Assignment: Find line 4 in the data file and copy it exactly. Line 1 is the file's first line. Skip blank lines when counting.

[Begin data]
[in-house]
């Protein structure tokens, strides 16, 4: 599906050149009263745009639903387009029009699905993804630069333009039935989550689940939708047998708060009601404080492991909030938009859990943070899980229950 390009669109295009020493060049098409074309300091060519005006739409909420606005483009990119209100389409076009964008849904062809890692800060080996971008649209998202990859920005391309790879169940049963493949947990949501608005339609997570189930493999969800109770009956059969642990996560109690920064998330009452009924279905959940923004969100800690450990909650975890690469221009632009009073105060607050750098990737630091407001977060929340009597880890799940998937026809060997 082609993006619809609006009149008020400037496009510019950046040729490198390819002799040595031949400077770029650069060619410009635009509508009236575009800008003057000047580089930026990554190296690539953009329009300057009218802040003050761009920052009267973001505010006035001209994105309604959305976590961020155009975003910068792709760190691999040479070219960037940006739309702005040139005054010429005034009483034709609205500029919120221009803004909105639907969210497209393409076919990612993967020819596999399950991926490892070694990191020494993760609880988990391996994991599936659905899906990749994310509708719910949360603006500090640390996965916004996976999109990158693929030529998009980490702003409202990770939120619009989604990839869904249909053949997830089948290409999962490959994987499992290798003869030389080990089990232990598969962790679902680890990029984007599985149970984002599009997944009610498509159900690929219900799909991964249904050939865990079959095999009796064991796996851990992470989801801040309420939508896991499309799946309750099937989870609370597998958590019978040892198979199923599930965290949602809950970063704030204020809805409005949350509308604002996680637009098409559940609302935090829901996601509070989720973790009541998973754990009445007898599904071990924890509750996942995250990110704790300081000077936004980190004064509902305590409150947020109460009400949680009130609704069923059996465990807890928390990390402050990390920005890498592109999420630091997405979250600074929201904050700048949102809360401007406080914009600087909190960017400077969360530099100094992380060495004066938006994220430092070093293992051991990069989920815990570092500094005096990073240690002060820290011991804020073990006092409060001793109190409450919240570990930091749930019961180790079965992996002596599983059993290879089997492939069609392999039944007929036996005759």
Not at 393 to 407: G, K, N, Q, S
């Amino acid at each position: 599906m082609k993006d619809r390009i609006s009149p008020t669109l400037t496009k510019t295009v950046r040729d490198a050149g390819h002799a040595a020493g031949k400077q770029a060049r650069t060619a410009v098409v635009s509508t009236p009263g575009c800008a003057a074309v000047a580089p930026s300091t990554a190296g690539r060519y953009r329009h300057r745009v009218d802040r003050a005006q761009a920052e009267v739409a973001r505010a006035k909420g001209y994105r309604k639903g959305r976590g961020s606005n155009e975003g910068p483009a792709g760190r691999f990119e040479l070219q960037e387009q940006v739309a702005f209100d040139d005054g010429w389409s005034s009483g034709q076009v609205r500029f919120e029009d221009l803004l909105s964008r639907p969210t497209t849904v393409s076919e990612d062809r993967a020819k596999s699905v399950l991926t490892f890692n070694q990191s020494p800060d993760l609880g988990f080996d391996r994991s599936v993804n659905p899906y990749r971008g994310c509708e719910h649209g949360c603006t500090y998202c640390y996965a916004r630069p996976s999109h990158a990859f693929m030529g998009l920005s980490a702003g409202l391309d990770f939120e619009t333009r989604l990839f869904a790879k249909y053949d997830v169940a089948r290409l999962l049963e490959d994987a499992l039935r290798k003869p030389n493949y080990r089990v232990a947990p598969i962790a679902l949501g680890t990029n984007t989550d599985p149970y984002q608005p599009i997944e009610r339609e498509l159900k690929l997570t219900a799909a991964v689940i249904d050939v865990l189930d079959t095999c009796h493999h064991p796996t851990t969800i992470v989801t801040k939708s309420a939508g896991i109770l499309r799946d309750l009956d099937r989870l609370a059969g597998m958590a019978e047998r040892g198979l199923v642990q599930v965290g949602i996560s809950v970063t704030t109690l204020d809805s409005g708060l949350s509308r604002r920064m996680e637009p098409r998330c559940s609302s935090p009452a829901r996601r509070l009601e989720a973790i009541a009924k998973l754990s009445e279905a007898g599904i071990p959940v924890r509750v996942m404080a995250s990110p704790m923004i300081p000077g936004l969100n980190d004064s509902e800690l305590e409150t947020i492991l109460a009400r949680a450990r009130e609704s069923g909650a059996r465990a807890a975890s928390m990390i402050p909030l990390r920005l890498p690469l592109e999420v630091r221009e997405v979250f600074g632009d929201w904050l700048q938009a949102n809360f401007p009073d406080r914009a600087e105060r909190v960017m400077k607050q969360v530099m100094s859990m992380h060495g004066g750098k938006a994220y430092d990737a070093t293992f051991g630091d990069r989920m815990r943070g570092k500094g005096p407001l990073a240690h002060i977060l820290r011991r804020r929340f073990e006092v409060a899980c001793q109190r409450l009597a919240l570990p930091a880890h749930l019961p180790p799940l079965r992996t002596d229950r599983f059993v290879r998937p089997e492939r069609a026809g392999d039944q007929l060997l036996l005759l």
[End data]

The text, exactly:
């Amino acid at each position: 599906m082609k993006d619809r390009i609006s009149p008020t669109l400037t496009k510019t295009v950046r040729d490198a050149g390819h002799a040595a020493g031949k400077q770029a060049r650069t060619a410009v098409v635009s509508t009236p009263g575009c800008a003057a074309v000047a580089p930026s300091t990554a190296g690539r060519y953009r329009h300057r745009v009218d802040r003050a005006q761009a920052e009267v739409a973001r505010a006035k909420g001209y994105r309604k639903g959305r976590g961020s606005n155009e975003g910068p483009a792709g760190r691999f990119e040479l070219q960037e387009q940006v739309a702005f209100d040139d005054g010429w389409s005034s009483g034709q076009v609205r500029f919120e029009d221009l803004l909105s964008r639907p969210t497209t849904v393409s076919e990612d062809r993967a020819k596999s699905v399950l991926t490892f890692n070694q990191s020494p800060d993760l609880g988990f080996d391996r994991s599936v993804n659905p899906y990749r971008g994310c509708e719910h649209g949360c603006t500090y998202c640390y996965a916004r630069p996976s999109h990158a990859f693929m030529g998009l920005s980490a702003g409202l391309d990770f939120e619009t333009r989604l990839f869904a790879k249909y053949d997830v169940a089948r290409l999962l049963e490959d994987a499992l039935r290798k003869p030389n493949y080990r089990v232990a947990p598969i962790a679902l949501g680890t990029n984007t989550d599985p149970y984002q608005p599009i997944e009610r339609e498509l159900k690929l997570t219900a799909a991964v689940i249904d050939v865990l189930d079959t095999c009796h493999h064991p796996t851990t969800i992470v989801t801040k939708s309420a939508g896991i109770l499309r799946d309750l009956d099937r989870l609370a059969g597998m958590a019978e047998r040892g198979l199923v642990q599930v965290g949602i996560s809950v970063t704030t109690l204020d809805s409005g708060l949350s509308r604002r920064m996680e637009p098409r998330c559940s609302s935090p009452a829901r996601r509070l009601e989720a973790i009541a009924k998973l754990s009445e279905a007898g599904i071990p959940v924890r509750v996942m404080a995250s990110p704790m923004i300081p000077g936004l969100n980190d004064s509902e800690l305590e409150t947020i492991l109460a009400r949680a450990r009130e609704s069923g909650a059996r465990a807890a975890s928390m990390i402050p909030l990390r920005l890498p690469l592109e999420v630091r221009e997405v979250f600074g632009d929201w904050l700048q938009a949102n809360f401007p009073d406080r914009a600087e105060r909190v960017m400077k607050q969360v530099m100094s859990m992380h060495g004066g750098k938006a994220y430092d990737a070093t293992f051991g630091d990069r989920m815990r943070g570092k500094g005096p407001l990073a240690h002060i977060l820290r011991r804020r929340f073990e006092v409060a899980c001793q109190r409450l009597a919240l570990p930091a880890h749930l019961p180790p799940l079965r992996t002596d229950r599983f059993v290879r998937p089997e492939r069609a026809g392999d039944q007929l060997l036996l005759l």